Identify the correct part of speech and explain. - I have known my best friend "for/ since" primary school. -I have "just/ never" been to your school. Is it far from here? - Mr John has taught us "for/ since" six months. -He is very cleaver. He has "already/never" passed the maths exam. - I have "just/never" met your French teacher. He is nice. - We have "already/ since" gone to school.

Expert Answers

An illustration of the letter 'A' in a speech bubbles

Here are the correct answers and their explanations.

1. The correct answer is "since." "Since is correct based upon the fact that the speaker is referring to a past relationship. The word "since" refers to a passage of time.

2. The correct answer is "never." If the speaker had been to the school, he or she would know where is was located. Given the speaker has not been to the school, he or she is asking where it is located.

3. The answer is "for." Here, the answer relies upon time again, but it does not refer to time being passed already. It speaks more to the past and the present. A specific time has been given.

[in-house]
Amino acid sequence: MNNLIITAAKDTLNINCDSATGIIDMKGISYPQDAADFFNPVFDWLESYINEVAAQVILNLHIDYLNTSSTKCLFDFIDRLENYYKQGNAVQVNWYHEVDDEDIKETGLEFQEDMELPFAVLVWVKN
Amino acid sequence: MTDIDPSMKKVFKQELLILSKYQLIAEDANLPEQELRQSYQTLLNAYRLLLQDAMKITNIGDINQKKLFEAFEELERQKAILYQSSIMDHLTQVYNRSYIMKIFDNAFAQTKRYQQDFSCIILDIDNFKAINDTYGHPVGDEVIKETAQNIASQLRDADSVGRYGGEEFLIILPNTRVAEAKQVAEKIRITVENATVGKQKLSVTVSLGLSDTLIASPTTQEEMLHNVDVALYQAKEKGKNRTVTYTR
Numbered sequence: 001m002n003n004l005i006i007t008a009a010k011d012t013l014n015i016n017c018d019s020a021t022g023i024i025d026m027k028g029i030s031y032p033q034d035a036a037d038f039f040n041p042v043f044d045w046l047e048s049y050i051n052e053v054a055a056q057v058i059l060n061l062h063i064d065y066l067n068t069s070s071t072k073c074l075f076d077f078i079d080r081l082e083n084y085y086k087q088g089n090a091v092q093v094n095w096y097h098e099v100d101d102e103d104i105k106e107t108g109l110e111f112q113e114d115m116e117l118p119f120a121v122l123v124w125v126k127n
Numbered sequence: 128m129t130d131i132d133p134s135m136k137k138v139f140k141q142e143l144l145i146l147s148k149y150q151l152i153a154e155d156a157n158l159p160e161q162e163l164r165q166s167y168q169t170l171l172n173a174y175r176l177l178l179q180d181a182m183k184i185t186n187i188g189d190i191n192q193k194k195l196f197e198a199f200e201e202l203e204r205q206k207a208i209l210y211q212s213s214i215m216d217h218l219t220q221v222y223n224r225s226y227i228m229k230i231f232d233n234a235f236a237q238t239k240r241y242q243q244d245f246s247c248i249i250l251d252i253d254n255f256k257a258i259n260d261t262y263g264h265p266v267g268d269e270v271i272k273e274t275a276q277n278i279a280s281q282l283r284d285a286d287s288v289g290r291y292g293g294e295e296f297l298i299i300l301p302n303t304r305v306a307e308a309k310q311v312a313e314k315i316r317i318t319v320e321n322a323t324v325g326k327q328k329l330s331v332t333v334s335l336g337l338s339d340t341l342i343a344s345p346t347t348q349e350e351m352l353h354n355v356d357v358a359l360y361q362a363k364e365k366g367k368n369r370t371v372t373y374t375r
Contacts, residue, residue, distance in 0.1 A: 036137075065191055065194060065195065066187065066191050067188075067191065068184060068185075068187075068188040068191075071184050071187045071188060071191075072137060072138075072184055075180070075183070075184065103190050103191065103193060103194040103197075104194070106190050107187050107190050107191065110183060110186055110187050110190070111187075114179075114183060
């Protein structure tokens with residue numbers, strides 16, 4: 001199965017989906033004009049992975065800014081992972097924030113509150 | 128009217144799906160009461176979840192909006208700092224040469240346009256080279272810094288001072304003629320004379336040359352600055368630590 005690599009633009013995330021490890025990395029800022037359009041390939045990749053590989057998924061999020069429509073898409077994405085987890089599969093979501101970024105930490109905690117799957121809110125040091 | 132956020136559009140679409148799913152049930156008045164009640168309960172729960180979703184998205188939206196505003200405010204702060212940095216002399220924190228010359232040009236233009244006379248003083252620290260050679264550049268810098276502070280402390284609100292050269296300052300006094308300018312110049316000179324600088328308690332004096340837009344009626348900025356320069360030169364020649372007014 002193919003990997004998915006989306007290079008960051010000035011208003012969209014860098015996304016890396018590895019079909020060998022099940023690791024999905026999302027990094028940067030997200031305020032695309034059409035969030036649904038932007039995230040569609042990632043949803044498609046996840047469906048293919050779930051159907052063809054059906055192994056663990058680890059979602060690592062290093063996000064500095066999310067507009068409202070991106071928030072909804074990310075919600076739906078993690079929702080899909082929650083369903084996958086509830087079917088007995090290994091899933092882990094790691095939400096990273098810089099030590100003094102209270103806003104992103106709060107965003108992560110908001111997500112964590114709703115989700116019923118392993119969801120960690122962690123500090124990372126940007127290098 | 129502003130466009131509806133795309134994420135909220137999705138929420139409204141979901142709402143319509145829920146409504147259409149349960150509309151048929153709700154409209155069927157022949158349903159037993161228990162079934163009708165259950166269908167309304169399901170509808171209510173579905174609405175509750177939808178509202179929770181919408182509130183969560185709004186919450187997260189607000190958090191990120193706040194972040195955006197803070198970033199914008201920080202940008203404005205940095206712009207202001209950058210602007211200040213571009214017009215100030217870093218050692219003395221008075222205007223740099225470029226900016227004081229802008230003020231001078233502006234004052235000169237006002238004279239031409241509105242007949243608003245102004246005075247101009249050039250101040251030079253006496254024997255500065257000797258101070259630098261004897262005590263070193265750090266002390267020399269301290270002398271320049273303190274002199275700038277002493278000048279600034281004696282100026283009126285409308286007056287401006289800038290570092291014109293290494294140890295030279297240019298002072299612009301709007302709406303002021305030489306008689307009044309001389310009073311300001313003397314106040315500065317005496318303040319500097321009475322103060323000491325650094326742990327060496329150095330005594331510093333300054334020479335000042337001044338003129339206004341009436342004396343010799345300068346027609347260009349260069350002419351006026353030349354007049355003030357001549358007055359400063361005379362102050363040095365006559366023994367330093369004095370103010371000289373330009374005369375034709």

4. The answer is "already." Given that the "he" is smart, one can infer that he has already passed the tests given. A person who is not as intelligent would never pass the exams.

5. The answer is "just." Similar to the explanation provided for answer #2, the speaker would not have asked if the teacher was nice if he or she had just met him. Instead, based upon the meeting, the speaker is stating that he/she has already made a judgement on the teacher's niceness.

6. The answer is "already." Given that the word "gone" (past tense of go) is used, one must keep the tense of the sentence. On the other hand, some people may state that "since" is correct. This would be appropriate if the a statement had been previously made regarding another action. (For example: Although I had decided to take off a year of school, I have since gone to school.)

See eNotes Ad-Free

Start your 48-hour free trial to get access to more than 30,000 additional guides and more than 350,000 Homework Help questions answered by our experts.

Get 48 Hours Free Access
Approved by eNotes Editorial Team